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Abstract Detail


Regional Botany Special Lecture

McCormac, Jim [1].

Wild Ohio: The Best of Our Natural Heritage.

Ohio is a crossroads state: prairies enter from the west, there is a northern boreal influence, the Ohio River brings Mississippian species, Lake Erie offers specialized habitats, and eastern regions are strongly Appalachian. The collision of these markedly different ecoregions has endowed the Buckeye State with a diverse flora of some 1,900 native plant species. Along with this floristic diversity comes a rich fauna.This talk is based on the 2009 book Wild Ohio: The Best of Our Natural Heritage (Jim McCormac; Gary Meszaros/photography - Kent State University Press). Forty of Ohio's best remaining natural areas are featured in the book, and particular focus is given to the state's rarest animals and plants. We will take a pictorial journey through some of Ohio's most interesting habitats, including mature deciduous forest, fens, bogs, alvars, prairie, and more.A number of Ohio's rarest plants will be discussed, as well as some of the interesting animals that occur in the state's most unusual habitats. Conservation is a core theme of the book Wild Ohio, and this presentation will touch on various issues that impact protection of Ohio's natural areas.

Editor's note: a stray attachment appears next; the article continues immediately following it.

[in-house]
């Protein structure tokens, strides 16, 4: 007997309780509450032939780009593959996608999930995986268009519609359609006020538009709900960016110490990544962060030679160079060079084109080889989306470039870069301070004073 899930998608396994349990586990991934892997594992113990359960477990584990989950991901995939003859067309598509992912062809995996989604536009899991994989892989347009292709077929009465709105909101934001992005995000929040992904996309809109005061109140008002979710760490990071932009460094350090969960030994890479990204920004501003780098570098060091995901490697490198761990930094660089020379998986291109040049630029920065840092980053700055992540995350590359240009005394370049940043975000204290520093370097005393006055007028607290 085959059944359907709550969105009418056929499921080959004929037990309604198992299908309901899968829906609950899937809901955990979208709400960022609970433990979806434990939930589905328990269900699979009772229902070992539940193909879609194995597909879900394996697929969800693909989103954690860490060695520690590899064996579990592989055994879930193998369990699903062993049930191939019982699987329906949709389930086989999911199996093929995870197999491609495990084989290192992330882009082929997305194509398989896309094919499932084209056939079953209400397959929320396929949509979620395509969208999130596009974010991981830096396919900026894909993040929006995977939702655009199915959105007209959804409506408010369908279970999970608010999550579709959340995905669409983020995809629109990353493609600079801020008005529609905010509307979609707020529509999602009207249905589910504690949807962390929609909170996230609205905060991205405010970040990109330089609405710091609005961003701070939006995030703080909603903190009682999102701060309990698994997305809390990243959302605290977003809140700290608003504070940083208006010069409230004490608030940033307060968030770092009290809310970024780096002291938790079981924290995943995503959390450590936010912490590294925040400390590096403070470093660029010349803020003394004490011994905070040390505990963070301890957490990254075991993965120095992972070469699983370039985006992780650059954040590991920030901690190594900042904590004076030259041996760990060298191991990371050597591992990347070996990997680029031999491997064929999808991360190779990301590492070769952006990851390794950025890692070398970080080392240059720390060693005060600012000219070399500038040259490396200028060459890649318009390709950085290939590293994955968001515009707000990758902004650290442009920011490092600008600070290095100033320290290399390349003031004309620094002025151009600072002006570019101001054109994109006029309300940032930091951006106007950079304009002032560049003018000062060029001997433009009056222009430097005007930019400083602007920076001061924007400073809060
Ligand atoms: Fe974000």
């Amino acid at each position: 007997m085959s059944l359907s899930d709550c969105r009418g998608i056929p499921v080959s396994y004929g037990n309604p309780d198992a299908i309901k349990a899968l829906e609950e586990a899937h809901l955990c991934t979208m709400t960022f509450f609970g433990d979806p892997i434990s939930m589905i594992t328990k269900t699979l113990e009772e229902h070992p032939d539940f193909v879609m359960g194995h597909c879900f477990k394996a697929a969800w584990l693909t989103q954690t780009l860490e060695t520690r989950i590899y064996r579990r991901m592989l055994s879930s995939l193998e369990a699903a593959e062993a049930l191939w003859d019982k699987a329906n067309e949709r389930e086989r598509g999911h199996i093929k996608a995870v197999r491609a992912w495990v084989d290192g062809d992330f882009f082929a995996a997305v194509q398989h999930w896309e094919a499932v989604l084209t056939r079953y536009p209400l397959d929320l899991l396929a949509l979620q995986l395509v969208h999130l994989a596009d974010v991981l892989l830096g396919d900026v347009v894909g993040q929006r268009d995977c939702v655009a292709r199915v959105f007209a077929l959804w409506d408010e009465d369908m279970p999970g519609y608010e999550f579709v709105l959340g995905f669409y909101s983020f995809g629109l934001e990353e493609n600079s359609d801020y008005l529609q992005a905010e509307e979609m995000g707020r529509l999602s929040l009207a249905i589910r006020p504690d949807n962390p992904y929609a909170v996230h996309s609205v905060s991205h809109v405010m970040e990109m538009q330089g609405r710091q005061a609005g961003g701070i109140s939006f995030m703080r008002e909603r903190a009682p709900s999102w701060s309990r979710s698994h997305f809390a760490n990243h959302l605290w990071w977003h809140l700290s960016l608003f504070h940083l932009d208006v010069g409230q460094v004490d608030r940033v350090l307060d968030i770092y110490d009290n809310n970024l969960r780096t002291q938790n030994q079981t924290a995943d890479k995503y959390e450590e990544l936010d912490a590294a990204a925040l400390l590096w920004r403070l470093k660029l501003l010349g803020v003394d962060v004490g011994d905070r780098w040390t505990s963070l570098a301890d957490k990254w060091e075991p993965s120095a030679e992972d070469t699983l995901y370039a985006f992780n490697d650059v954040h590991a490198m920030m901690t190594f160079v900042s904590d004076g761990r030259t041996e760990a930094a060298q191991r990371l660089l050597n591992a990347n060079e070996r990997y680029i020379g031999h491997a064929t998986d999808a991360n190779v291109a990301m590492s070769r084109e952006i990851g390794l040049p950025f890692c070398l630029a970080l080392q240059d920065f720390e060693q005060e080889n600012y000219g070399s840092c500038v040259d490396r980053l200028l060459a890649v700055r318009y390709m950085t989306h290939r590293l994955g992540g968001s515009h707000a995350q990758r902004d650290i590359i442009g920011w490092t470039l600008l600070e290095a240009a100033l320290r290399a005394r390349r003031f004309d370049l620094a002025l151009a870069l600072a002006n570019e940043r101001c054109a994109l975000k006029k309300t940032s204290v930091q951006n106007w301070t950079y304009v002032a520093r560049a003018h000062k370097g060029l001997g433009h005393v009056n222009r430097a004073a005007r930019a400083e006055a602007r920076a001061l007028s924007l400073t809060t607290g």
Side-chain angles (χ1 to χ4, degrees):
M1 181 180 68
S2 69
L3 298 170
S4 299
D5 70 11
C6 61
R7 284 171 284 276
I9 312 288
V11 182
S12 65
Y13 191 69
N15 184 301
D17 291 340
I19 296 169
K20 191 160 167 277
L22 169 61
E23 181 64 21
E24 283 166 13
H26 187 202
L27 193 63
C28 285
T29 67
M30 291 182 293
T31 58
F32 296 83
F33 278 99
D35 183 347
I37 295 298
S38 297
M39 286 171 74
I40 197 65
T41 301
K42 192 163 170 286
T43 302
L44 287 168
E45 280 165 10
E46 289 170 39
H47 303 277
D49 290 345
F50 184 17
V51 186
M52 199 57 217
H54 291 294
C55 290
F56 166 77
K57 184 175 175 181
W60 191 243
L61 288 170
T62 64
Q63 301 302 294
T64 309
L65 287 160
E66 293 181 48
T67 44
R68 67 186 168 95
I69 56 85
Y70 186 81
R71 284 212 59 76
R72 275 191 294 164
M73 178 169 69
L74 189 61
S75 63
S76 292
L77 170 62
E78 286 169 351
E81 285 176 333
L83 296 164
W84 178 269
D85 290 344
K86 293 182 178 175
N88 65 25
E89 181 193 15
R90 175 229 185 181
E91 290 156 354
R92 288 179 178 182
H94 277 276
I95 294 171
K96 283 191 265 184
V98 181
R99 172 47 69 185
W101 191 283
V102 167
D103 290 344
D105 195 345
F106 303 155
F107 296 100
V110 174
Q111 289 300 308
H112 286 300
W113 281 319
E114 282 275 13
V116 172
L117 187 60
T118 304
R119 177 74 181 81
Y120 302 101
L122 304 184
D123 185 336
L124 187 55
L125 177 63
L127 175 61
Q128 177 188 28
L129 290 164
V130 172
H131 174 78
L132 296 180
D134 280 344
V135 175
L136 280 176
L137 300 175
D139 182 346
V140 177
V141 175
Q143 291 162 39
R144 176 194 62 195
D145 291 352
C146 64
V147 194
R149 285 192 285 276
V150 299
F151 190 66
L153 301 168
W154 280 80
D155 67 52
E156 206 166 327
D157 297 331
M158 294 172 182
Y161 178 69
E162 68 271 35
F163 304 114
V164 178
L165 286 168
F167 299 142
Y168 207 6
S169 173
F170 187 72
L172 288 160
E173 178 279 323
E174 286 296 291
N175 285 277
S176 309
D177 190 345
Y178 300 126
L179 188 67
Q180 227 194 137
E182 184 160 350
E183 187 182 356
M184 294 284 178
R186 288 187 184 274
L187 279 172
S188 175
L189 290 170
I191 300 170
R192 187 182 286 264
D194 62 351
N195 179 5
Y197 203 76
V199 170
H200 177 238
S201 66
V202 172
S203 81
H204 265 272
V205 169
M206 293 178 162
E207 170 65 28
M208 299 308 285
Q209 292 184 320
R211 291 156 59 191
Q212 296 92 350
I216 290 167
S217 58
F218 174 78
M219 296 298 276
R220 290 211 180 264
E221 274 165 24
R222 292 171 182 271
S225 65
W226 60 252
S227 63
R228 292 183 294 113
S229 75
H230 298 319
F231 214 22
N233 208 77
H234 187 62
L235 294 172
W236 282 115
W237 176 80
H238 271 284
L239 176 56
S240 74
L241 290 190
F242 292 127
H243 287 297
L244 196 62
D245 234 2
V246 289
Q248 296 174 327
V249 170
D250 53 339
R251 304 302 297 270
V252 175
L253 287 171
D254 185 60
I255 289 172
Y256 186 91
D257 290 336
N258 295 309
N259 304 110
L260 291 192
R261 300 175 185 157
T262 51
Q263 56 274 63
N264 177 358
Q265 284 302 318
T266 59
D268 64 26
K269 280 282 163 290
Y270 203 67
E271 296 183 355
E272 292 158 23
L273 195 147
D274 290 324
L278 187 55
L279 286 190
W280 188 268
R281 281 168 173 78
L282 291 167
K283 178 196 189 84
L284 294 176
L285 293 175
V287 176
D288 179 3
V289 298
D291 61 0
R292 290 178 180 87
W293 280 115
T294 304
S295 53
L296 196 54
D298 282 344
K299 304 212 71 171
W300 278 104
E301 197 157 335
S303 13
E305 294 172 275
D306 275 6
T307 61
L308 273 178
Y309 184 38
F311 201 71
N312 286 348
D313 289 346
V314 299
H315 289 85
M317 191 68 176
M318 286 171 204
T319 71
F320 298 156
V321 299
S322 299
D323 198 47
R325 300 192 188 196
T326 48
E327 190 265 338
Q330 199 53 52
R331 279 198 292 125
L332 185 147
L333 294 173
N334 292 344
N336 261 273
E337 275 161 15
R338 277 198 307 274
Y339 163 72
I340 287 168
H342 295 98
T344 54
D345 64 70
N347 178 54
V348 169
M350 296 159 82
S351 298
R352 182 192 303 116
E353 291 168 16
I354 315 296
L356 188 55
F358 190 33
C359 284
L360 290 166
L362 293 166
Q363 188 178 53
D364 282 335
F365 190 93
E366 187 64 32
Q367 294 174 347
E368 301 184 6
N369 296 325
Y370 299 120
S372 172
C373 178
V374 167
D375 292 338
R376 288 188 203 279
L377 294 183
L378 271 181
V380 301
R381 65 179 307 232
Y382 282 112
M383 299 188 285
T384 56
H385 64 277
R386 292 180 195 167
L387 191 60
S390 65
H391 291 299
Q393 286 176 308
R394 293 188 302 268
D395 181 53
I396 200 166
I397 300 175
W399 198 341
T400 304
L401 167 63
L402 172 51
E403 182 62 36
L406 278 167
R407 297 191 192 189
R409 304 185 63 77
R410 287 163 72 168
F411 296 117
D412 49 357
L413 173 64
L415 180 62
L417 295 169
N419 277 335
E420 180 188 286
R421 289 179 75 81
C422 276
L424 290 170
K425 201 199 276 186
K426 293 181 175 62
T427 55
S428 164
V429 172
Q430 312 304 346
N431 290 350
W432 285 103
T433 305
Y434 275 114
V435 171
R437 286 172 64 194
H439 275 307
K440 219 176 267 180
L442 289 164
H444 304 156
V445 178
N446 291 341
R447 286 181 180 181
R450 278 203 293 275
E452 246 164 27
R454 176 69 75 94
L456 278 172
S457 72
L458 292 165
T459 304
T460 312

Broader Impacts:


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1 - Ohio Department of Natural Resources, Division of Wildlife, 2045 Morse Road, G-2, Columbus, OH, 43229, USA

Keywords:
wild ohio
rare flora
conservation
natural areas.

Presentation Type: Special Presentation
Session: S2
Location: Franklin C and D/Hyatt
Date: Tuesday, July 10th, 2012
Time: 11:00 AM
Number: S2001
Abstract ID:1193


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